Before long he uproots them both and heads back into the forest. Tom is reticent to leave but follows her father back into the wilderness where they find their former camp has been destroyed. Will then manages to hitch a lift with a kindly truck driver, who takes the pair over the state line into Washington and drops them in a remote area where they hike into the dense woodland in order to find a new camping spot to shelter in.
As they have travelled north and are on higher ground, the temperature is much colder and Tom suffers the early on-set of hyperthermia. Will does his best to create a shelter and manages to warm them both up sufficiently to get through the night, but here we see that poor Tom is starting to really suffer in the elements which adds to her distress at having to leave a warm and much more stable situation on the farm. Her love for her father keeps her by his side and willing to follow him further into the forest where they eventually find an abandoned cabin.
They spend the night in the relative comfort of the cabin before Will plans to make a journey to a local town to get supplies. When he does not return, Tom goes looking for him and finds him unconcious at the bottom of a ravine. She is able to find some nearby people to help lift Will to safety, but when he is taken to a local trailer park, she stops the concerned owner from calling an ambulance. This makes the park owner a little suspicious that the two are in trouble, but she is good to her word and instead makes arrangements with another military veteran that she knows, to come and treat Will.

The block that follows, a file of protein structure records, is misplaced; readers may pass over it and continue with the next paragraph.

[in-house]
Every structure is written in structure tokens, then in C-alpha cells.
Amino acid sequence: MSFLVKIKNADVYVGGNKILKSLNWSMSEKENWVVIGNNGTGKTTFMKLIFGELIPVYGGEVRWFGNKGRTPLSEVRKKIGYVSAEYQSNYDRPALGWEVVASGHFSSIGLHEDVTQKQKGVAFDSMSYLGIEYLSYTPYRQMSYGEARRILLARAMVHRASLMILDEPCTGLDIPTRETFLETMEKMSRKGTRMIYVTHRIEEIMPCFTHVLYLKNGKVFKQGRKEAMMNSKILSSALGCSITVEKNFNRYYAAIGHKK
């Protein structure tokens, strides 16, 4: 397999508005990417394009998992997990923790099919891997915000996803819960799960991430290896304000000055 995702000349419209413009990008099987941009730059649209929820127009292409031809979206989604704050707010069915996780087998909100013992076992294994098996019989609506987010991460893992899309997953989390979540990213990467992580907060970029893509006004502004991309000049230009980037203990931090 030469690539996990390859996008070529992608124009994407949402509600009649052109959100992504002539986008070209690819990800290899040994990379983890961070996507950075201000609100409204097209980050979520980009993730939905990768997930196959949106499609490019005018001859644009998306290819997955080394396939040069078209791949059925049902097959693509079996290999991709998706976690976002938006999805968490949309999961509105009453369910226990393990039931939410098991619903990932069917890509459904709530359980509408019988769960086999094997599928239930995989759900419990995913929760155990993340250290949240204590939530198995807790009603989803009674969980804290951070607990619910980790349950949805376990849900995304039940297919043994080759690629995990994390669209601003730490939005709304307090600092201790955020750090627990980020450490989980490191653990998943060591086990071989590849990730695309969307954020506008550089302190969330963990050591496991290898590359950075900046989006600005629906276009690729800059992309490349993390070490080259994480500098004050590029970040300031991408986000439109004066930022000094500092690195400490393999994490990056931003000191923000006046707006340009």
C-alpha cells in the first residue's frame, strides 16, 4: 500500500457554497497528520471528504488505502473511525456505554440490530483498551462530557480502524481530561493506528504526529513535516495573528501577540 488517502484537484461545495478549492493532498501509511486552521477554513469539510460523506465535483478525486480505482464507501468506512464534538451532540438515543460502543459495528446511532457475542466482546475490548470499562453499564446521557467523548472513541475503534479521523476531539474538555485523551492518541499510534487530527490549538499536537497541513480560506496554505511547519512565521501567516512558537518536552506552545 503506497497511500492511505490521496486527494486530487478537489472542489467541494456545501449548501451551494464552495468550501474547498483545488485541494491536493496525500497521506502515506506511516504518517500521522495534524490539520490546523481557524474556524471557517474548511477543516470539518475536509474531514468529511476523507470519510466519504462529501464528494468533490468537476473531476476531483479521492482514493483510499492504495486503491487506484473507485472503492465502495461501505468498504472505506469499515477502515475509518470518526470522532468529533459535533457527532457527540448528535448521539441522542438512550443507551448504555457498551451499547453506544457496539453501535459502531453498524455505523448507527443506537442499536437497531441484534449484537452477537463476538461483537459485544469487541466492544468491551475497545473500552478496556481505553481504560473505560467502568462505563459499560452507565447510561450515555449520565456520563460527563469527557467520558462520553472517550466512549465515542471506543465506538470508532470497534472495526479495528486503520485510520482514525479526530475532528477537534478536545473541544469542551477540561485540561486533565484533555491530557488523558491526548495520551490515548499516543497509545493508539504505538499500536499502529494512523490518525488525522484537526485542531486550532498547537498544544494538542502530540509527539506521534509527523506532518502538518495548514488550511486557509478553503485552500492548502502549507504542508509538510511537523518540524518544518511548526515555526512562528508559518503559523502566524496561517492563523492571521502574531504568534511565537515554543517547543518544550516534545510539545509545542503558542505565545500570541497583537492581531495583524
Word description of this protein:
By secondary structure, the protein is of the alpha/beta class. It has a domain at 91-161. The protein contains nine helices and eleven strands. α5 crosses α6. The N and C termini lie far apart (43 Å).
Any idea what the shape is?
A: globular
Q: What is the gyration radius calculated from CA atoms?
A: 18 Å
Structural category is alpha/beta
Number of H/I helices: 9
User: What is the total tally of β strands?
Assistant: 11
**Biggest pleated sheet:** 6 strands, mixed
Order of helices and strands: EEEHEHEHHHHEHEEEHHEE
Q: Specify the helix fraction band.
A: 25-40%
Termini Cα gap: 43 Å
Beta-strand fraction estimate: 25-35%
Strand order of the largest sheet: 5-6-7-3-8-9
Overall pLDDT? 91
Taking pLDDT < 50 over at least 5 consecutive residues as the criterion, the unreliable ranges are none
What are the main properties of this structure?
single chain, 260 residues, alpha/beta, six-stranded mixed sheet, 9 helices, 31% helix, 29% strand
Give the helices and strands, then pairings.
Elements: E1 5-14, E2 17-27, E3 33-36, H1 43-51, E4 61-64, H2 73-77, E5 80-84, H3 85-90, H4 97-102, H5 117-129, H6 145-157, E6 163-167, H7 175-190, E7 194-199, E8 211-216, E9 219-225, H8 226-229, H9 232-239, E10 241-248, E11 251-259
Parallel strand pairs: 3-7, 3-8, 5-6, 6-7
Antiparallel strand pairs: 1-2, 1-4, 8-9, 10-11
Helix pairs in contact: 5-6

The kindly park owner puts Tom and Will up in one of her empty trailers and having been attended to, Will begins to slowly recover form the injuries induced by his fall. In the meantime, Tom develops a friendship with the park owner and starts to meet some of the other residents who take an interest in her, one of them showing her the interior of a bee hive. This scene is greatly symbolic for the young character as she learns about the colony of bees and how there is warmth that comes from the hive. This represents her desire to belong to a wider society and no longer suffer the isolation of their disparate existence in the forest.